Potty training is a tough phase for many parents and children, and some days you might just feel that it’s hopeless. Don’t give up so soon – below are some suggestions for successfully getting through this milestone phase!
1. First and foremost, you need to know when it is the right time to start. It’s really important that your child is ready to begin this phase, because it can be really stressful for both you and them if they are not ready. And, if possible, it’s a good idea to start when the weather is warm so your child can wear less clothing than normal and you can consider going diaper free.
So how do you know when your child is ready? If your child is showing two or more of these signs, you may want to begin the potty training journey: 1) Your toddler can stay dry for two hours or during a nap, 2) They let you know when they need to go to the toilet, 3) They imitate your behavior and follow you to the restroom, 4) They are showing signs of independence by doing things themselves and/or 5) They ask to be changed and dislike the feeling of being wet.
2. When you’re ready to take the first step, it’s a good idea to stay at home for the first few days of potty training because it’s easier to clean up accidents. Familiarize your child with their potty – let them carry it around with them and involve potty when playing. You could even set them on the potty fully clothed and let them read a book or play. At first you will want to keep the potty within reach during activities and once they get into the habit of using it, the potty can be left in the restroom. Routine is a key part of the process. Rather than waiting for them to tell you that they need to go, you could try sitting them on the potty at regular intervals during the day and especially after mealtimes. Ask your child regularly if they need to use the potty, but be mindful of not overwhelming them with this process.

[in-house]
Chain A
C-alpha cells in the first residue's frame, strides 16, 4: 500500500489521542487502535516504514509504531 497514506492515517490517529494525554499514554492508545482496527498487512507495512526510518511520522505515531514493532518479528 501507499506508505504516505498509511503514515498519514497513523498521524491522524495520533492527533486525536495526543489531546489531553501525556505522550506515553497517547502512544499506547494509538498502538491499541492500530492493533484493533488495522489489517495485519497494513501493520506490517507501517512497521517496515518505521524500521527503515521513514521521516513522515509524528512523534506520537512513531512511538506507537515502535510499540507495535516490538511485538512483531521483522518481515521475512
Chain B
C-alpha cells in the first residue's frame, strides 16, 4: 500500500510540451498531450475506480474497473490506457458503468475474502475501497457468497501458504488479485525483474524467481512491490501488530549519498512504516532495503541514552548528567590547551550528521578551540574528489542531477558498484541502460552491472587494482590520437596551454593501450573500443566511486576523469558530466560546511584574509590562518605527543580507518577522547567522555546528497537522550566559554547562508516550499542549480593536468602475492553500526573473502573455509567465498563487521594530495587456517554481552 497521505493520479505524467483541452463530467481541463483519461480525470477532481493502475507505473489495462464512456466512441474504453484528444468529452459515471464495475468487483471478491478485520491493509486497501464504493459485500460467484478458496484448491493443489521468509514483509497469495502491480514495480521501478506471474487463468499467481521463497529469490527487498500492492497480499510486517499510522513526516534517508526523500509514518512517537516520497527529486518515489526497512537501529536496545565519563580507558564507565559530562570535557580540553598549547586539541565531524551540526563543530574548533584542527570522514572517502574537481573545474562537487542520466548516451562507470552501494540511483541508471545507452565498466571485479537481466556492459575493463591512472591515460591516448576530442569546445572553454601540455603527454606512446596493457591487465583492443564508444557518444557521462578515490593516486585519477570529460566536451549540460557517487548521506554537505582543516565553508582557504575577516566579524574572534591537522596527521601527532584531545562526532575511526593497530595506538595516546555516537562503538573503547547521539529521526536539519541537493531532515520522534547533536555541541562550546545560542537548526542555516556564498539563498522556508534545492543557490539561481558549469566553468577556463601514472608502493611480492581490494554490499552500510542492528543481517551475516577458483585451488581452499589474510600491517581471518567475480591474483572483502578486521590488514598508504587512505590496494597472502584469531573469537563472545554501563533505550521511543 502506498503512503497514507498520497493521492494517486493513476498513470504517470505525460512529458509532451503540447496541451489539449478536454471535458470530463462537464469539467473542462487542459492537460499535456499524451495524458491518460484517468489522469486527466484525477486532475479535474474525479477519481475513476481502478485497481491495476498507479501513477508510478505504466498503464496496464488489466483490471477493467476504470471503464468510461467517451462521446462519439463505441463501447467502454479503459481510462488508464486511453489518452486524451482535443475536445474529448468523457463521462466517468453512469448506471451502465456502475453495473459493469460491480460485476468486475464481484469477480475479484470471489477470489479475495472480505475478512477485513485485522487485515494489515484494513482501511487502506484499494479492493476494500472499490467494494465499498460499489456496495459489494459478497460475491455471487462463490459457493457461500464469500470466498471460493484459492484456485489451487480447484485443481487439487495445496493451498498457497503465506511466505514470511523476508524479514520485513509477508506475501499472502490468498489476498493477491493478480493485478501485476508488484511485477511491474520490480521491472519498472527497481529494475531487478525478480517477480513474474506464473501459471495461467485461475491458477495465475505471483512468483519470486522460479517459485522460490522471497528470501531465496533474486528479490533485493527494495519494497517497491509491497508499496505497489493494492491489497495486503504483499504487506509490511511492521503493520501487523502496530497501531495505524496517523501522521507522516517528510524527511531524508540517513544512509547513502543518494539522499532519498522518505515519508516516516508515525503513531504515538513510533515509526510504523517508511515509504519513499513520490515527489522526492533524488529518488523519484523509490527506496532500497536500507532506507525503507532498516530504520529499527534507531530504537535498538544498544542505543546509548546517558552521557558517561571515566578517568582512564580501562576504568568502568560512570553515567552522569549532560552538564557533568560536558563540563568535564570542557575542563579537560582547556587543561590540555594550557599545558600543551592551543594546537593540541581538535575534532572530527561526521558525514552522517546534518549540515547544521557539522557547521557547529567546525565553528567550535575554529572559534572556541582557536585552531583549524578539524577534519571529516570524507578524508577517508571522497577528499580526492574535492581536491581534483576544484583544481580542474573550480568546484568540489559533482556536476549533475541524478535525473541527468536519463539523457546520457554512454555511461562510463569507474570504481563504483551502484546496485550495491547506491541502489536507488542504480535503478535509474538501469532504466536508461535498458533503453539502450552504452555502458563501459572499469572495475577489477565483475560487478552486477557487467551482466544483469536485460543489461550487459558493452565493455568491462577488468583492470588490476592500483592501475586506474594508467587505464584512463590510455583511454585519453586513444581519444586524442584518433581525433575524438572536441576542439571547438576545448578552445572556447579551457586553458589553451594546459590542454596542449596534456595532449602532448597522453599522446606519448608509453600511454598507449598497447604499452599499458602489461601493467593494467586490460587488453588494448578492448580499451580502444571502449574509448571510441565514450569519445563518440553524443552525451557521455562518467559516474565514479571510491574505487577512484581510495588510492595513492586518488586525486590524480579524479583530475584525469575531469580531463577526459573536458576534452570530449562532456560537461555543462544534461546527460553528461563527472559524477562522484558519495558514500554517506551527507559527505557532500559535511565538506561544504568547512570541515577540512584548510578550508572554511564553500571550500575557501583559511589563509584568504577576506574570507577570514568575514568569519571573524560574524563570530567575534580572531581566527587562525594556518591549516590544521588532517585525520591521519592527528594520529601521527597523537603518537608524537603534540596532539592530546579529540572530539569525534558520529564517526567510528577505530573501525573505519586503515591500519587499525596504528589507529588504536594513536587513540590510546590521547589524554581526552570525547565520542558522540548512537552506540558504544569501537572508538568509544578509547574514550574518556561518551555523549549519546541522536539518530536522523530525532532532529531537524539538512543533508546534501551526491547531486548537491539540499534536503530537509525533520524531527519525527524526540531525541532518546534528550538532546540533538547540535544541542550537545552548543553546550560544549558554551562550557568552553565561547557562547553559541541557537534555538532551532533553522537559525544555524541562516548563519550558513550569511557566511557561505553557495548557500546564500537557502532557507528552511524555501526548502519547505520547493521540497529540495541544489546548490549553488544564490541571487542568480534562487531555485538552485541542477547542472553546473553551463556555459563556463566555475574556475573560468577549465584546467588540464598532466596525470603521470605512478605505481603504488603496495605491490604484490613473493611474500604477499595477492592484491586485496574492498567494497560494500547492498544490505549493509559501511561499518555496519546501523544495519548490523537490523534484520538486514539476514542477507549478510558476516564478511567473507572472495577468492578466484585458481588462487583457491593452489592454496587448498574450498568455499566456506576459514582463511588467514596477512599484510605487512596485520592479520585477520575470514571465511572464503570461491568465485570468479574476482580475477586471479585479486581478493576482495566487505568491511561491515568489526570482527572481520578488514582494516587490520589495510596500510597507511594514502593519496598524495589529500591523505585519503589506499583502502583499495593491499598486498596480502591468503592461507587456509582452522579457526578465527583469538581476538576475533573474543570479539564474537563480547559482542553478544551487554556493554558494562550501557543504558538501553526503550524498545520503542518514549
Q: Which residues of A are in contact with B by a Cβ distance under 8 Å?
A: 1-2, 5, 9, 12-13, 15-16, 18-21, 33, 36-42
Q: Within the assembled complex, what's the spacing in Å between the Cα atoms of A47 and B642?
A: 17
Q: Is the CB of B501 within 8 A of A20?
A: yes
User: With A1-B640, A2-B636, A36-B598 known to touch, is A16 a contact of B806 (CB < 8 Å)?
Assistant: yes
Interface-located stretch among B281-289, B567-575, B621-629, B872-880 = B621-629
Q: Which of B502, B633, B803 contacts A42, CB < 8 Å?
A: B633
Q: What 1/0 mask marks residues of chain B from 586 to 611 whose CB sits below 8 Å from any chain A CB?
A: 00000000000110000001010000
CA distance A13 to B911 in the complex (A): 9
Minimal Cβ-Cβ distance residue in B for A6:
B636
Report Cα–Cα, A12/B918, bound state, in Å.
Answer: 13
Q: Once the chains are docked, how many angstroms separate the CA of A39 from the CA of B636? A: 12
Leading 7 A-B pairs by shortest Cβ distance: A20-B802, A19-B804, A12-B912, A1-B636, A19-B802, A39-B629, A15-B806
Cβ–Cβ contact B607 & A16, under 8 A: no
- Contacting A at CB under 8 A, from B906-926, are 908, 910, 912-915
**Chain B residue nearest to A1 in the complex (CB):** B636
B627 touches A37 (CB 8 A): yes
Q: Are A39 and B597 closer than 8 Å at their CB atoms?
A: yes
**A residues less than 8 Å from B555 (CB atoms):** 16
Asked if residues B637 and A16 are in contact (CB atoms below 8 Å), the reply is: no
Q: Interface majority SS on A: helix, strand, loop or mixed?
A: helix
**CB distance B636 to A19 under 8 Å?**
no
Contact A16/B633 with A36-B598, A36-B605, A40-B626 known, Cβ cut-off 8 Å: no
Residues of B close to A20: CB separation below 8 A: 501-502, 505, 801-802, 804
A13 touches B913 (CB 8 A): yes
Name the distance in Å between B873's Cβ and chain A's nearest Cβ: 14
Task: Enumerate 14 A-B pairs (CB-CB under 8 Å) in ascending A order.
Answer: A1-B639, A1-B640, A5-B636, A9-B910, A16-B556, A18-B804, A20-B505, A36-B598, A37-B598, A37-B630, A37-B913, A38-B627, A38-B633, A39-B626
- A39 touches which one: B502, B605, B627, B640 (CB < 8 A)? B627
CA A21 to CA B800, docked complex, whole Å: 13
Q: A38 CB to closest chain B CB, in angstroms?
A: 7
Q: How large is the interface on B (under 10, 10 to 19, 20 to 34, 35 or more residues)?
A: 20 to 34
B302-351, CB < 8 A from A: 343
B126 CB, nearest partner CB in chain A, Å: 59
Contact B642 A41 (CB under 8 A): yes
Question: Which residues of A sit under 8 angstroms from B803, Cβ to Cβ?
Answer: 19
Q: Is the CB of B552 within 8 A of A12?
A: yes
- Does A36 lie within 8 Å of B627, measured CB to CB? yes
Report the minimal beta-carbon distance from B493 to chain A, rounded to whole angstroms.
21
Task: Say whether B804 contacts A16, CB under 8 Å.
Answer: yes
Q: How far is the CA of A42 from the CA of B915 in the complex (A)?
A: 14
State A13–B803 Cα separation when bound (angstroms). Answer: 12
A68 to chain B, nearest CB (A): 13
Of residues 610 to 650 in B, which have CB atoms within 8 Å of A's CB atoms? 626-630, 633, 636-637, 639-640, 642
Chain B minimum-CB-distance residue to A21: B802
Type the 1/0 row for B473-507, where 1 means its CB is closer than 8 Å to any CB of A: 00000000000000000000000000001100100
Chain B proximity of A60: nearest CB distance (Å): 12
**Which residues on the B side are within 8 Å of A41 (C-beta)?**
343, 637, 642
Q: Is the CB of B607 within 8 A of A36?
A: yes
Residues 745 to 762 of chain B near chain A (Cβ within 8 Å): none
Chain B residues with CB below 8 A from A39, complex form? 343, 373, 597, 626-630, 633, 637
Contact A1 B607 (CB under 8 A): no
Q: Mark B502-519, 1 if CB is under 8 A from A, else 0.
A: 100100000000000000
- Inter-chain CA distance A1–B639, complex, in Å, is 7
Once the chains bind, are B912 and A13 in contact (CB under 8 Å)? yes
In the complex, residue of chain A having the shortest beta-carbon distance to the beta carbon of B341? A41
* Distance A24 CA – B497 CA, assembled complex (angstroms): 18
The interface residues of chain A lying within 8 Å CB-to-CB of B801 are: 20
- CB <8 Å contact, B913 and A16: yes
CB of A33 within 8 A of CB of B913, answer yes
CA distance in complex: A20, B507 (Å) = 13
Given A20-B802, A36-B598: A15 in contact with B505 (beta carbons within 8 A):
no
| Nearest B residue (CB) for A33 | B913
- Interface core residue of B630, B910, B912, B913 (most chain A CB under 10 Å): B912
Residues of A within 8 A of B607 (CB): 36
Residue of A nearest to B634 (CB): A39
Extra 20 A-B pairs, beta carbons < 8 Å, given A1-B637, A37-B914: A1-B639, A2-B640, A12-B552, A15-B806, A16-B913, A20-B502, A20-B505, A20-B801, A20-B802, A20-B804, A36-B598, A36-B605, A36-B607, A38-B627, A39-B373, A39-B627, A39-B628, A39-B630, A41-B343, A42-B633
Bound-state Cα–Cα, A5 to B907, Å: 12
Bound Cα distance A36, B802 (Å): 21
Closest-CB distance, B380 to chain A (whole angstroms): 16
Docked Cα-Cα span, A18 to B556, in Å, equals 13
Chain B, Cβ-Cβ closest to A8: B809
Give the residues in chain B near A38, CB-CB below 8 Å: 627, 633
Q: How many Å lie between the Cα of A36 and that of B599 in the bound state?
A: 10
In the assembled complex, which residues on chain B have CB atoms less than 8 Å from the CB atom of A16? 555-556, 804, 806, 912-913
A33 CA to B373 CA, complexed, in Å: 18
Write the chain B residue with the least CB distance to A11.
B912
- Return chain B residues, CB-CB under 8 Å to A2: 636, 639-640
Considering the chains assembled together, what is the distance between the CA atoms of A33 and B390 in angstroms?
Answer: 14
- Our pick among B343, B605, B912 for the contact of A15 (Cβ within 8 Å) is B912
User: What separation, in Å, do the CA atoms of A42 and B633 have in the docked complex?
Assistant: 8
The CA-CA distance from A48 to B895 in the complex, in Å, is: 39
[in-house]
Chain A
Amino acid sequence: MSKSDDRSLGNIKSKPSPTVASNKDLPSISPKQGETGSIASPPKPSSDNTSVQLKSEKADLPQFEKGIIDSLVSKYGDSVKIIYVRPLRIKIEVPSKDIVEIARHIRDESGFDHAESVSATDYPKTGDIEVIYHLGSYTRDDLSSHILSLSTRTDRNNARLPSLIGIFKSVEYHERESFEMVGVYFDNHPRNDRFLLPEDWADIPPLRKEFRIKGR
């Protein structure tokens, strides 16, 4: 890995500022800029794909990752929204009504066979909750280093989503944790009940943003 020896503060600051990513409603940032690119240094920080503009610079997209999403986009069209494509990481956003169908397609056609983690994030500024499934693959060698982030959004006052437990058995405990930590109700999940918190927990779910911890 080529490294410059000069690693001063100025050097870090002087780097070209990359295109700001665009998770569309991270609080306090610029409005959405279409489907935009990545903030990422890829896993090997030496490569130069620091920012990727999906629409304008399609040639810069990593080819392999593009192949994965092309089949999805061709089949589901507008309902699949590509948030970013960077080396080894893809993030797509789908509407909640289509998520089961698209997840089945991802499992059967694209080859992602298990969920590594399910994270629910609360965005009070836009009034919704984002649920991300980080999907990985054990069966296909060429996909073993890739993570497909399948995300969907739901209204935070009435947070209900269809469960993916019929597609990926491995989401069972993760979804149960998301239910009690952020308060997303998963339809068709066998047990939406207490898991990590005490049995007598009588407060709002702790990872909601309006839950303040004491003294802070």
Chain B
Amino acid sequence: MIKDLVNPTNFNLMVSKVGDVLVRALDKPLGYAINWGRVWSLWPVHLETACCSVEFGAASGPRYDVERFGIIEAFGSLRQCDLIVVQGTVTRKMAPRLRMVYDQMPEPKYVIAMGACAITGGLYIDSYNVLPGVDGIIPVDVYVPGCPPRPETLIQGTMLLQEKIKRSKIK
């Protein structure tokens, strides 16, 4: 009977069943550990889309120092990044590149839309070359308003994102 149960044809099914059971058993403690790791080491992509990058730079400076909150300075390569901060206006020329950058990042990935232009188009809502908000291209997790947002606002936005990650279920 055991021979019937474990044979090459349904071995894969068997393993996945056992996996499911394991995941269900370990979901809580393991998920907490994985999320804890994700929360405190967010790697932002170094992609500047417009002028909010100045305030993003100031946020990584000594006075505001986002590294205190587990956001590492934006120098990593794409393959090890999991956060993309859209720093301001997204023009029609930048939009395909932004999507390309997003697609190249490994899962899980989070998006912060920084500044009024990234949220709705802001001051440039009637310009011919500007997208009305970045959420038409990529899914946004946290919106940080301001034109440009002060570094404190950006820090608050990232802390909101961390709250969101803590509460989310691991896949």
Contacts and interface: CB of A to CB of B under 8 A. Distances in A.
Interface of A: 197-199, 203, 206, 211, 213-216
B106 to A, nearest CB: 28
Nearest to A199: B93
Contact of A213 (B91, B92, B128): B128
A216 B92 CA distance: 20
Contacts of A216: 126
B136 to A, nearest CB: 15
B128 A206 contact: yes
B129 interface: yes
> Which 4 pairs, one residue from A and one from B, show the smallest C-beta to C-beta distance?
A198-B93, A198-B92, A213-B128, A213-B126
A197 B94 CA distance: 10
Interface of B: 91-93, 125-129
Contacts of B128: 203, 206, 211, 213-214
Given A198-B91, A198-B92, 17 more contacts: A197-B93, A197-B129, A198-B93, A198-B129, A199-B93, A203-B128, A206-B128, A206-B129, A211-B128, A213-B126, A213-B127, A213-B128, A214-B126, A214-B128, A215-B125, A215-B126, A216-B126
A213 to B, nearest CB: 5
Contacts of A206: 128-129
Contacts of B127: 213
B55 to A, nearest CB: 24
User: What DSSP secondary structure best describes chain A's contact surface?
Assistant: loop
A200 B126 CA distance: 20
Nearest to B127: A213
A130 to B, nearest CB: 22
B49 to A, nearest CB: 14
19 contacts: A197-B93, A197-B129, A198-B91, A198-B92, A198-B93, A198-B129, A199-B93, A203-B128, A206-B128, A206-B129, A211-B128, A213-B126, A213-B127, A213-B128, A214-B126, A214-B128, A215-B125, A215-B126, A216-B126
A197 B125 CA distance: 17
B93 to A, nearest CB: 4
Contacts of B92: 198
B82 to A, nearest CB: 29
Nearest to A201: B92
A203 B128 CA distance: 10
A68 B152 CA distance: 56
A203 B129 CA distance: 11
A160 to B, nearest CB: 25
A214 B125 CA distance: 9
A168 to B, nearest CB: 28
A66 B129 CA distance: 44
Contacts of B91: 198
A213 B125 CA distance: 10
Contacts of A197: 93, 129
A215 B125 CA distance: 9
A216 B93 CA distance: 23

3. What happens at night? Potty training during the day does not mean they are automatically trained to get through the night. It can take up to two years to stay dry at nighttime. Continue using diapers to start with and then move on to potty training pants. Put your child on the potty just before bedtime and as soon as they wake.
4. Be prepared for setbacks and odd accidents even when you think you have got it mastered. Carry spare clothing with you and always use potty training pants, especially for long trips when out and about. If you continue to have lots of accidents, follow your instincts and be guided by your child. You may need to take a step back and remember to praise the successes and reassure your child if there are any accidents.
5. Make potty training fun by using a reward chart. It will help them understand their journey. Use stickers and place them on the chart or even to decorate their potty after every success. Mimic their favorite toys using the potty to show them how it works and to eliminate any fears they may have. Reading a potty-related story can also prove successful in getting your child engaged. Most importantly, relax, stay calm and try to enjoy this new stage with your child. They will succeed eventually and those diaper days will soon be just a happy memory!
For this journey, there are a few products you will need and it’s important to choose the right ones for your child. Some items are a potty, potty training pants, a waterproof mattress protector, toilet training seat, step stool, reward chart with stickers, and baby wipes. Ensure that the products are easy to clean as you will be doing a lot of this and be sure that they have sturdy, non-slip surfaces for the ultimate in safety. And unlike diapers, potty training pants can be pulled up and down by your toddler and really make them feel like a big kid. Reusable potty training pants will hold small accidents and save outer clothes from getting wet. But, unlike disposable potty training pants, they will not take the moisture away from the skin. Using potty training pants is a vital part of potty training as your child will notice the difference between wet and dry.